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Trading the VIX


Volatility futures not for the faint of heart.


The VIX estimates volatility on the SPX itself for the next 30 days.

VIX futures are a bet on where that estimate will be on the day the future expires. In other words, it's a snapshot of what the market expects for volatility 30 days after the future expires. If it's a September future for example, you're guessing how the market prices volatility 30 days forward from September expiration. You're not betting on SPX volatility between now and September. That's a common misconception.

VIX options are cash settled, meaning you get delivery of nothing, just a debit or credit. They're also European exercise, meaning you can't do anything other than trade them between now and expiraiton.

They price off the futures, not the VIX you see on the screen. And since futures carry premiums to the VIX when the VIX has an extended decline, VIX calls here look fat to the naked eye that only compares them to the "cash" VIX. The reverse is true when the VIX runs high; VIX calls can (and do) trade under parity and puts looked pumped.

Of course moves in the cash VIX have some effect on VIX futures and options, but the further out you go in time, the more limited that effect. Think of this weather analogy. A hypothetical October Weather future let's you predict the average temperature in Al Roker's Five Day Forecast on October 15th. Would an unseasonably warm or cold day today effect your prediction of his prediction? Not a whole lot. Same way a move in the "cash" VIX should not have much impact on your prediction where traders will price volatility looking forward in October.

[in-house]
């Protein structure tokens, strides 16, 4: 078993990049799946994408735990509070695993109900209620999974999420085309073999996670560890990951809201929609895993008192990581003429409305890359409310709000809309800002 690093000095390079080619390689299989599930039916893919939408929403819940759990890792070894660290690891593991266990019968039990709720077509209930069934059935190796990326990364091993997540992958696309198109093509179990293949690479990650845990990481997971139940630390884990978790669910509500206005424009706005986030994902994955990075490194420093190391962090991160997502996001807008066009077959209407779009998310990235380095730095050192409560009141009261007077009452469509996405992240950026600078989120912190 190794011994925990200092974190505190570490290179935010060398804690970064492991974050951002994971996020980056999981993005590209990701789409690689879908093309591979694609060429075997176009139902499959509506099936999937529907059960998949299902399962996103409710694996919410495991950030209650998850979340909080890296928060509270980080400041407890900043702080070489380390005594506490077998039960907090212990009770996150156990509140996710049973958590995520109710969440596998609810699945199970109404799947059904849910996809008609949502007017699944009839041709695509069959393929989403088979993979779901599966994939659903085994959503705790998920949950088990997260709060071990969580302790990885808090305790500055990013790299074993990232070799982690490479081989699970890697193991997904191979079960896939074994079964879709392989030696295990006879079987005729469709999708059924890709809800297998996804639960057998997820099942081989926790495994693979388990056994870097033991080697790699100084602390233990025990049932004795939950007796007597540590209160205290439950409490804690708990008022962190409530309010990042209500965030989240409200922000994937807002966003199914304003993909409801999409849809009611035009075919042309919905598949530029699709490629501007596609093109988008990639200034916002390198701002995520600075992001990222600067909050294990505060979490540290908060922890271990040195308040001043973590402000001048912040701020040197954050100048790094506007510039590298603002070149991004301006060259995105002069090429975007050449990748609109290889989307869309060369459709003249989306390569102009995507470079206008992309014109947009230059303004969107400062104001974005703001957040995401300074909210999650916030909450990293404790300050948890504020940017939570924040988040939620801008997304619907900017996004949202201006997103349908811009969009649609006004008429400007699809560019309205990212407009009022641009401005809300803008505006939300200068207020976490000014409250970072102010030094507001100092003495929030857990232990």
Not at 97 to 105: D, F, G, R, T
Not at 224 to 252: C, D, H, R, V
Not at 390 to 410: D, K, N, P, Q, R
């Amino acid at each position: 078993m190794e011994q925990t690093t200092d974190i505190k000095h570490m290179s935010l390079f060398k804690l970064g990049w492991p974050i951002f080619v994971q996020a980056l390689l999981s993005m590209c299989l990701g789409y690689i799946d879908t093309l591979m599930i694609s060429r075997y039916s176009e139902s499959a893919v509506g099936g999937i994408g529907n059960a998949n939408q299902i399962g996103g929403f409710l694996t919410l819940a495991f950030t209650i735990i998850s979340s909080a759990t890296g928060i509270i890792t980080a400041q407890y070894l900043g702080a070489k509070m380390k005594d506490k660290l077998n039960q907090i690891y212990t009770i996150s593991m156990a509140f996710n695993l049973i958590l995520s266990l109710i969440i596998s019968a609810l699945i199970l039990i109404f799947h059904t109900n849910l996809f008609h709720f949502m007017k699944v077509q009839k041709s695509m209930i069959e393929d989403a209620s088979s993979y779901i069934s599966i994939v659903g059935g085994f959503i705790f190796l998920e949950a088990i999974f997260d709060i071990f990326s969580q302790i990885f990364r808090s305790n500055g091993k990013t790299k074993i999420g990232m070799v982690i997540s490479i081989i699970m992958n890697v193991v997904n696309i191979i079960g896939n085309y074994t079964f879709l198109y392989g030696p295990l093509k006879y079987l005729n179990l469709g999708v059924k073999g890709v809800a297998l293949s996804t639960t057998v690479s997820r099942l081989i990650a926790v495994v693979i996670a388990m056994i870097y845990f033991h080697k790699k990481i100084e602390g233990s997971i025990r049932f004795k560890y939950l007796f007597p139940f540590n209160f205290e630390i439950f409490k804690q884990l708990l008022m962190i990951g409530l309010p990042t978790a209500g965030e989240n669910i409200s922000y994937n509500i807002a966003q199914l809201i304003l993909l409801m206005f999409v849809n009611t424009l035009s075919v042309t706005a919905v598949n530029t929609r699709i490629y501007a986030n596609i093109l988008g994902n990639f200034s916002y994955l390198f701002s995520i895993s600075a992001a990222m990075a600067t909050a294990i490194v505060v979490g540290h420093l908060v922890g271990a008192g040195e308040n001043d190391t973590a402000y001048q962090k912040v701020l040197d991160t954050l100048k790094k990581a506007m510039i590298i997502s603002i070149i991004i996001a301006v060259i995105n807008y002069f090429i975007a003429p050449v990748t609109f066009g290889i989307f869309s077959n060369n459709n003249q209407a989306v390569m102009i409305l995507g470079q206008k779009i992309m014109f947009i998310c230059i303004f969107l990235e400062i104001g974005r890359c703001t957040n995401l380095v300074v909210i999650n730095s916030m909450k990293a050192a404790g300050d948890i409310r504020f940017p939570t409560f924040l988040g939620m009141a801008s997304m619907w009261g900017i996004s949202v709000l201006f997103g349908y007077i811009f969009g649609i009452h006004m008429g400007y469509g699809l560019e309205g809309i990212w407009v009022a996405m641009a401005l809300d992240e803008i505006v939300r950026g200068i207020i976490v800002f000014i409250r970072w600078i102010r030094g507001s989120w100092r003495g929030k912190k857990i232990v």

So bottom line; trade VIX options and you're trading a derivative (the option itself) on a derivative (the VIX future) on an estimate of a derivative (the VIX itself is merely a statistically calculated estimate of a theoretical SPX option with 30 days until expiration).

Volatility always assumes mean reversion, but often incorrectly. Right now, with options baked, mean reversion assumes the VIX goes higher. So ergo all VIX futures currently trade at premiums to the actual VIX. And since options price off the futures, all calls look too high to the naked eye, and all puts look low.

It is important to note this condition has existed for 6-7 weeks now. So not the best timing indicator if you spot it.

If you consider the market too high and/or volatility too low and want to fade "cheap" options into the morass, my strong recommendation is to use options on actual stocks/indices/ETF's. My personal preference right now is something that expires in the Fall.

No positions in stocks mentioned.
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